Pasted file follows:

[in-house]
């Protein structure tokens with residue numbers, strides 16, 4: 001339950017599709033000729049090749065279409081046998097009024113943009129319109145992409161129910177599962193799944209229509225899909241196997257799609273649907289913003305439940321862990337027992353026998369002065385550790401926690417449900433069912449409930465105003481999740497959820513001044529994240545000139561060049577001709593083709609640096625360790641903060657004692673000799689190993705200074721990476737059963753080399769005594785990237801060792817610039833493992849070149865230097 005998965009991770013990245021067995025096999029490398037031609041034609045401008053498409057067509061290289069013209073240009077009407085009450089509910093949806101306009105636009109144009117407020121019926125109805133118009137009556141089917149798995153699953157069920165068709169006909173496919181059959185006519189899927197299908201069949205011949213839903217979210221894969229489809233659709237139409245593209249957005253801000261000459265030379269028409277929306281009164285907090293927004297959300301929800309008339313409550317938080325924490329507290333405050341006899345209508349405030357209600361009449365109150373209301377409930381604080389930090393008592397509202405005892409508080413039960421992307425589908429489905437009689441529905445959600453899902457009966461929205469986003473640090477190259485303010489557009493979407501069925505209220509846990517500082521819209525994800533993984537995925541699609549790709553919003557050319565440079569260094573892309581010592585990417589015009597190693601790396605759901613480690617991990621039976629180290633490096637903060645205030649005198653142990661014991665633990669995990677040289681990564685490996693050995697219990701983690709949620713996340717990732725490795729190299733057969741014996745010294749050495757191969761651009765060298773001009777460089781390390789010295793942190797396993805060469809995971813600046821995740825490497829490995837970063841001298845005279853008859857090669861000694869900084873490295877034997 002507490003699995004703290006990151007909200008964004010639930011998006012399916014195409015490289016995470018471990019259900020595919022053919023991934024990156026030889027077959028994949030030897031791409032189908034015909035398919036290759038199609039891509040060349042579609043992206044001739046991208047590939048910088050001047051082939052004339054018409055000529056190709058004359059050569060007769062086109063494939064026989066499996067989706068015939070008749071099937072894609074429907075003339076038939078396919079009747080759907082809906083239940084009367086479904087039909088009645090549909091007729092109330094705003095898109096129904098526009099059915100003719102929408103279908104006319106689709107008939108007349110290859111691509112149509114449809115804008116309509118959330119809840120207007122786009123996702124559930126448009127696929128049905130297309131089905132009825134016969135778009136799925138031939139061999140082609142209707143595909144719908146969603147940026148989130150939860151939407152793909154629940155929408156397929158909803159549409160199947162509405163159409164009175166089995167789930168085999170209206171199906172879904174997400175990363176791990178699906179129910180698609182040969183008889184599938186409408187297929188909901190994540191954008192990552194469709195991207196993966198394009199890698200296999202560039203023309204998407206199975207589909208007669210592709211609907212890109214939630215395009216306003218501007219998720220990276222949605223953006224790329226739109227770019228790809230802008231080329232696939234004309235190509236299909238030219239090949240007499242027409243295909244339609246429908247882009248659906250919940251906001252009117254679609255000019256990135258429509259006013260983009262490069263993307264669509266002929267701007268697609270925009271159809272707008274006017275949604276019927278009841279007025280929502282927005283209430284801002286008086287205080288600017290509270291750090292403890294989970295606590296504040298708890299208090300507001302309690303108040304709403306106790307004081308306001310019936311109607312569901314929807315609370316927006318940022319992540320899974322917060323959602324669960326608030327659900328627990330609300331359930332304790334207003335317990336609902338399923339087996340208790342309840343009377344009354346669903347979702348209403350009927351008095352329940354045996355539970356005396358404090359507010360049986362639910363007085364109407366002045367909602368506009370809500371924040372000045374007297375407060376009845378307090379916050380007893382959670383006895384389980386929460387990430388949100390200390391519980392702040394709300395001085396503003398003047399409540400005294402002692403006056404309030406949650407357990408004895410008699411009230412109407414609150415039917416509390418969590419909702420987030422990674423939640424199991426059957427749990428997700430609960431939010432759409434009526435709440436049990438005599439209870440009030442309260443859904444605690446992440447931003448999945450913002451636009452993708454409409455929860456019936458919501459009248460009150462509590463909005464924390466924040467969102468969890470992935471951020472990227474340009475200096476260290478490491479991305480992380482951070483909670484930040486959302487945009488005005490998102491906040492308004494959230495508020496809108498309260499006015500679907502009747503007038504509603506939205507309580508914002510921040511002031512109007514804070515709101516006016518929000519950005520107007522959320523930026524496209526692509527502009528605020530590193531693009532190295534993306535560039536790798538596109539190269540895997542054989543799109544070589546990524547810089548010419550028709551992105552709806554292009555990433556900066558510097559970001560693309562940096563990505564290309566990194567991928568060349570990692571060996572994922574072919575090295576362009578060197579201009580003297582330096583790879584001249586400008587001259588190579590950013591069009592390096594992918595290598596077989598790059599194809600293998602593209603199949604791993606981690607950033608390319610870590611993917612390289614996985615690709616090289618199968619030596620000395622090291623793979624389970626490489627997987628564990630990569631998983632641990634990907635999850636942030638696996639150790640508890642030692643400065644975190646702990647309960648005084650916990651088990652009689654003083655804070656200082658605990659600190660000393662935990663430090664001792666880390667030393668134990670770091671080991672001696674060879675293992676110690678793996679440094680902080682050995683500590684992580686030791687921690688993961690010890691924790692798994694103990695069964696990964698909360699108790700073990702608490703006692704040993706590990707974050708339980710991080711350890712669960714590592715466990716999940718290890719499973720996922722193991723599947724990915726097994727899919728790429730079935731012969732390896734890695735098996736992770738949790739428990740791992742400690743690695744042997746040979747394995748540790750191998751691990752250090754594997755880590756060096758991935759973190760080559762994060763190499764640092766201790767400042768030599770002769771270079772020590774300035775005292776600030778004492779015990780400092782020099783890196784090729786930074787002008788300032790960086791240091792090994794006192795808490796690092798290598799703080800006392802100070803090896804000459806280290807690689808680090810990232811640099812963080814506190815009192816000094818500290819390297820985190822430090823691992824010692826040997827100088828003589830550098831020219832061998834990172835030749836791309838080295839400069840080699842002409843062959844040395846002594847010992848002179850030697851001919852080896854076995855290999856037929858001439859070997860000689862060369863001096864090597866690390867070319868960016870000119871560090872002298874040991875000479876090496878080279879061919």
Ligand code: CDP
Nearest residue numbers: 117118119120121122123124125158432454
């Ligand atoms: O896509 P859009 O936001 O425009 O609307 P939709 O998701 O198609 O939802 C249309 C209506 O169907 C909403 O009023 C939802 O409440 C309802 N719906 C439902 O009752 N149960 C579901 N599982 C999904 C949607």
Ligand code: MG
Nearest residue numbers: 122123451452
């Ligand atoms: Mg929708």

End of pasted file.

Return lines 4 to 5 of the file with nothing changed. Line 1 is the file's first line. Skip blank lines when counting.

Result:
Nearest residue numbers: 117118119120121122123124125158432454
């Ligand atoms: O896509 P859009 O936001 O425009 O609307 P939709 O998701 O198609 O939802 C249309 C209506 O169907 C909403 O009023 C939802 O409440 C309802 N719906 C439902 O009752 N149960 C579901 N599982 C999904 C949607």